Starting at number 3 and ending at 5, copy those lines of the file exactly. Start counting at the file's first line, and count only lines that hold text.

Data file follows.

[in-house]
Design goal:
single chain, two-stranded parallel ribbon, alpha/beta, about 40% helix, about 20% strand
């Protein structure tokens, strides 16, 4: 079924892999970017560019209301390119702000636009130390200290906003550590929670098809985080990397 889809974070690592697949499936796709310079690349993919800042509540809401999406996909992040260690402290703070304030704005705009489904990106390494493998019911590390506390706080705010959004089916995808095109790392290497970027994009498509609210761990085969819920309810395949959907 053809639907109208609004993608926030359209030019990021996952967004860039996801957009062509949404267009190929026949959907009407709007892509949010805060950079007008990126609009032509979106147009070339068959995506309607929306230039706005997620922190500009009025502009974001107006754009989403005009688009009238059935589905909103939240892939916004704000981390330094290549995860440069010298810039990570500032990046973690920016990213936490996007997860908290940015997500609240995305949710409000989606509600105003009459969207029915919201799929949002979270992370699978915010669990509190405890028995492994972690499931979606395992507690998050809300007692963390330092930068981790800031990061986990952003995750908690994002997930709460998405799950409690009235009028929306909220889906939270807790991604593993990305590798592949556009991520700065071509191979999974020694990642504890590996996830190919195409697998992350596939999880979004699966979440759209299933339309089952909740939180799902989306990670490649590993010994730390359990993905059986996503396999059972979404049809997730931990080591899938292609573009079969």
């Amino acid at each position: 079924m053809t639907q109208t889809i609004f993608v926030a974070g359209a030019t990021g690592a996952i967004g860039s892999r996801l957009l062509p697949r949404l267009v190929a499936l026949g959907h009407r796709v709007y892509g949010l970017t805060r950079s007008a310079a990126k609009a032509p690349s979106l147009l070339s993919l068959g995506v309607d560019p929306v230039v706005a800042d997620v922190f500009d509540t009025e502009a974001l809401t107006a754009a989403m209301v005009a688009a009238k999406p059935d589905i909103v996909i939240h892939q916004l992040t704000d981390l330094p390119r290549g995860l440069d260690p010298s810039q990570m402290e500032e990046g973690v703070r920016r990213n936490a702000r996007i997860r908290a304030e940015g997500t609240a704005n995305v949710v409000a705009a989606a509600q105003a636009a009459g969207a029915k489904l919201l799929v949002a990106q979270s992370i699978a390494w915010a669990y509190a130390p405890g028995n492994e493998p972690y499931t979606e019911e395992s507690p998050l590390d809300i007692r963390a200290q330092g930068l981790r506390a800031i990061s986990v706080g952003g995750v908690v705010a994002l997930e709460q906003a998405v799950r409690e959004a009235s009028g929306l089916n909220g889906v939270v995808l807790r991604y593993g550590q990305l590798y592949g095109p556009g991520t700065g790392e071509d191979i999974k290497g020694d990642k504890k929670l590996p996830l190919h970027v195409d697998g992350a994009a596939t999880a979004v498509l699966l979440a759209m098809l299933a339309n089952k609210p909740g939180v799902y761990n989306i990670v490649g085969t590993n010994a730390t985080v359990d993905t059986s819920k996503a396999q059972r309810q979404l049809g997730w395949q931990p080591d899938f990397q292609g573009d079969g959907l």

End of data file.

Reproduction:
single chain, two-stranded parallel ribbon, alpha/beta, about 40% helix, about 20% strand
């Protein structure tokens, strides 16, 4: 079924892999970017560019209301390119702000636009130390200290906003550590929670098809985080990397 889809974070690592697949499936796709310079690349993919800042509540809401999406996909992040260690402290703070304030704005705009489904990106390494493998019911590390506390706080705010959004089916995808095109790392290497970027994009498509609210761990085969819920309810395949959907 053809639907109208609004993608926030359209030019990021996952967004860039996801957009062509949404267009190929026949959907009407709007892509949010805060950079007008990126609009032509979106147009070339068959995506309607929306230039706005997620922190500009009025502009974001107006754009989403005009688009009238059935589905909103939240892939916004704000981390330094290549995860440069010298810039990570500032990046973690920016990213936490996007997860908290940015997500609240995305949710409000989606509600105003009459969207029915919201799929949002979270992370699978915010669990509190405890028995492994972690499931979606395992507690998050809300007692963390330092930068981790800031990061986990952003995750908690994002997930709460998405799950409690009235009028929306909220889906939270807790991604593993990305590798592949556009991520700065071509191979999974020694990642504890590996996830190919195409697998992350596939999880979004699966979440759209299933339309089952909740939180799902989306990670490649590993010994730390359990993905059986996503396999059972979404049809997730931990080591899938292609573009079969």
């Amino acid at each position: 079924m053809t639907q109208t889809i609004f993608v926030a974070g359209a030019t990021g690592a996952i967004g860039s892999r996801l957009l062509p697949r949404l267009v190929a499936l026949g959907h009407r796709v709007y892509g949010l970017t805060r950079s007008a310079a990126k609009a032509p690349s979106l147009l070339s993919l068959g995506v309607d560019p929306v230039v706005a800042d997620v922190f500009d509540t009025e502009a974001l809401t107006a754009a989403m209301v005009a688009a009238k999406p059935d589905i909103v996909i939240h892939q916004l992040t704000d981390l330094p390119r290549g995860l440069d260690p010298s810039q990570m402290e500032e990046g973690v703070r920016r990213n936490a702000r996007i997860r908290a304030e940015g997500t609240a704005n995305v949710v409000a705009a989606a509600q105003a636009a009459g969207a029915k489904l919201l799929v949002a990106q979270s992370i699978a390494w915010a669990y509190a130390p405890g028995n492994e493998p972690y499931t979606e019911e395992s507690p998050l590390d809300i007692r963390a200290q330092g930068l981790r506390a800031i990061s986990v706080g952003g995750v908690v705010a994002l997930e709460q906003a998405v799950r409690e959004a009235s009028g929306l089916n909220g889906v939270v995808l807790r991604y593993g550590q990305l590798y592949g095109p556009g991520t700065g790392e071509d191979i999974k290497g020694d990642k504890k929670l590996p996830l190919h970027v195409d697998g992350a994009a596939t999880a979004v498509l699966l979440a759209m098809l299933a339309n089952k609210p909740g939180v799902y761990n989306i990670v490649g085969t590993n010994a730390t985080v359990d993905t059986s819920k996503a396999q059972r309810q979404l049809g997730w395949q931990p080591d899938f990397q292609g573009d079969g959907l």